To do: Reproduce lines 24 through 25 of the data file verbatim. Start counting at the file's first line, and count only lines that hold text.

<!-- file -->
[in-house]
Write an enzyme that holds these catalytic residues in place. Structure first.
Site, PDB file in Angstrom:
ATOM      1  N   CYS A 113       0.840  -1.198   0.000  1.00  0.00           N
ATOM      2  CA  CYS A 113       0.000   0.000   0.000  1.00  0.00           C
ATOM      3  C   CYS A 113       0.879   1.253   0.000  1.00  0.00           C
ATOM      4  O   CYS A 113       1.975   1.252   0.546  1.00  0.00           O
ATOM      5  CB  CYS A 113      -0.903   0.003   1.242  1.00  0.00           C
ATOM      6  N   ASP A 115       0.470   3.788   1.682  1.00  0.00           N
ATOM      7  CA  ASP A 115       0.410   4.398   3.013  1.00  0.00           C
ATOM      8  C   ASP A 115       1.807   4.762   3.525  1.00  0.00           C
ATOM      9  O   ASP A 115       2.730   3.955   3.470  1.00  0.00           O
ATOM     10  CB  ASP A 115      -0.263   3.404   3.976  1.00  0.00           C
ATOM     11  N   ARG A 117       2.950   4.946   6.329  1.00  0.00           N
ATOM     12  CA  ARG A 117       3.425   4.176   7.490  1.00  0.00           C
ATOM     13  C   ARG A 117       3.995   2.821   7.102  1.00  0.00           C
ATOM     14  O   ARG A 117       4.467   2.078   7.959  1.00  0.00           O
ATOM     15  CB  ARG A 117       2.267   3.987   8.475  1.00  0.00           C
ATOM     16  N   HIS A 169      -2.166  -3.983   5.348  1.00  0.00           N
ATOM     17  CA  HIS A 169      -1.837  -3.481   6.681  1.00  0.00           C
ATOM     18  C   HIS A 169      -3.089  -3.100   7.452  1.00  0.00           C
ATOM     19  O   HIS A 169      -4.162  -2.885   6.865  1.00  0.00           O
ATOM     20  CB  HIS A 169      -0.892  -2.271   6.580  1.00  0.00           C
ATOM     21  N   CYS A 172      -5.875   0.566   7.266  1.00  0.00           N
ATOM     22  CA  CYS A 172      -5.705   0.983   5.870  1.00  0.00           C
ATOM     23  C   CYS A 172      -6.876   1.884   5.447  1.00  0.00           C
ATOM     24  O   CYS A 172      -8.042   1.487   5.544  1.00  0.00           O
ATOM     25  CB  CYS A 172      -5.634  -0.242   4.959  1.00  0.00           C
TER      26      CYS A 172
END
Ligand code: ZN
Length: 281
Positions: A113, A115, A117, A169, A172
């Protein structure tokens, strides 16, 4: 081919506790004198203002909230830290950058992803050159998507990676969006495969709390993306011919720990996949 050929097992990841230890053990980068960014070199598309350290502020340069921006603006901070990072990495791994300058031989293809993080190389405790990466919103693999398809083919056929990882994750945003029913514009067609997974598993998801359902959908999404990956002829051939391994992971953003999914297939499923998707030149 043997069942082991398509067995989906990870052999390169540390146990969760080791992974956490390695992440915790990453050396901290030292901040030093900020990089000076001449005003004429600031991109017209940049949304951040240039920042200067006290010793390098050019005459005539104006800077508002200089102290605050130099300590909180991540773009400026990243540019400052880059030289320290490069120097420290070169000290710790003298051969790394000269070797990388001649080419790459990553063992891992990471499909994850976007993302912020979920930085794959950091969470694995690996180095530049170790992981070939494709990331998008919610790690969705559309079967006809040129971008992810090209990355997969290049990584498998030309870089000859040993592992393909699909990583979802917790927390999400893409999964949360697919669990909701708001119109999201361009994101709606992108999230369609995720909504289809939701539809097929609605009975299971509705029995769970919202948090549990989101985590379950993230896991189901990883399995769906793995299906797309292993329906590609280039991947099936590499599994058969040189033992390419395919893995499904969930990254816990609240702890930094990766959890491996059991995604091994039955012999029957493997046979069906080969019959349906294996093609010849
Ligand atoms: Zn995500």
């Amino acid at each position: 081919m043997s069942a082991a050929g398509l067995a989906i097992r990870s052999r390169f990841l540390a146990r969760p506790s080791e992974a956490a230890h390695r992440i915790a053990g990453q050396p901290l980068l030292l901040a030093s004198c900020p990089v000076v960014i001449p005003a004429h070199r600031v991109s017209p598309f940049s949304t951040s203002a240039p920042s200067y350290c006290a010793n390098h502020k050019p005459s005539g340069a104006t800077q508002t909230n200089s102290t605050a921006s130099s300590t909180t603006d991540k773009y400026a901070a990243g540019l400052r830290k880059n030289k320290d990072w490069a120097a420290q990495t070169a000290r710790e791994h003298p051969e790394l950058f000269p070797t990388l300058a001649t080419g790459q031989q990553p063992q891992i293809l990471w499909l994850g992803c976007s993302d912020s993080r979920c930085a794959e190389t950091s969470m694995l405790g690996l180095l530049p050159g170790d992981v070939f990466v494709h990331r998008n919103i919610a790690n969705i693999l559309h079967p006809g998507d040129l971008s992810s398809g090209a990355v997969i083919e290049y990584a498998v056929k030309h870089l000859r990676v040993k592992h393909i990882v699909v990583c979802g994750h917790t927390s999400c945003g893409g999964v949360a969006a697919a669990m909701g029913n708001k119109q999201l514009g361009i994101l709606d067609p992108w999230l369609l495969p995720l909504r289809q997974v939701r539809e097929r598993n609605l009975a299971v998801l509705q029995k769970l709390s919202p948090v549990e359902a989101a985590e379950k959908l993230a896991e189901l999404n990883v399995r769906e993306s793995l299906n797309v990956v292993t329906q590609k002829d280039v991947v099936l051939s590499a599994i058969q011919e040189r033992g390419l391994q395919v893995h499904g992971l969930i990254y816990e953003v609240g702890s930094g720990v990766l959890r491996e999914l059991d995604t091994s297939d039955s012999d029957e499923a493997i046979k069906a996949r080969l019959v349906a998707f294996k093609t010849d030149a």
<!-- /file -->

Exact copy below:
ATOM     21  N   CYS A 172      -5.875   0.566   7.266  1.00  0.00           N
ATOM     22  CA  CYS A 172      -5.705   0.983   5.870  1.00  0.00           C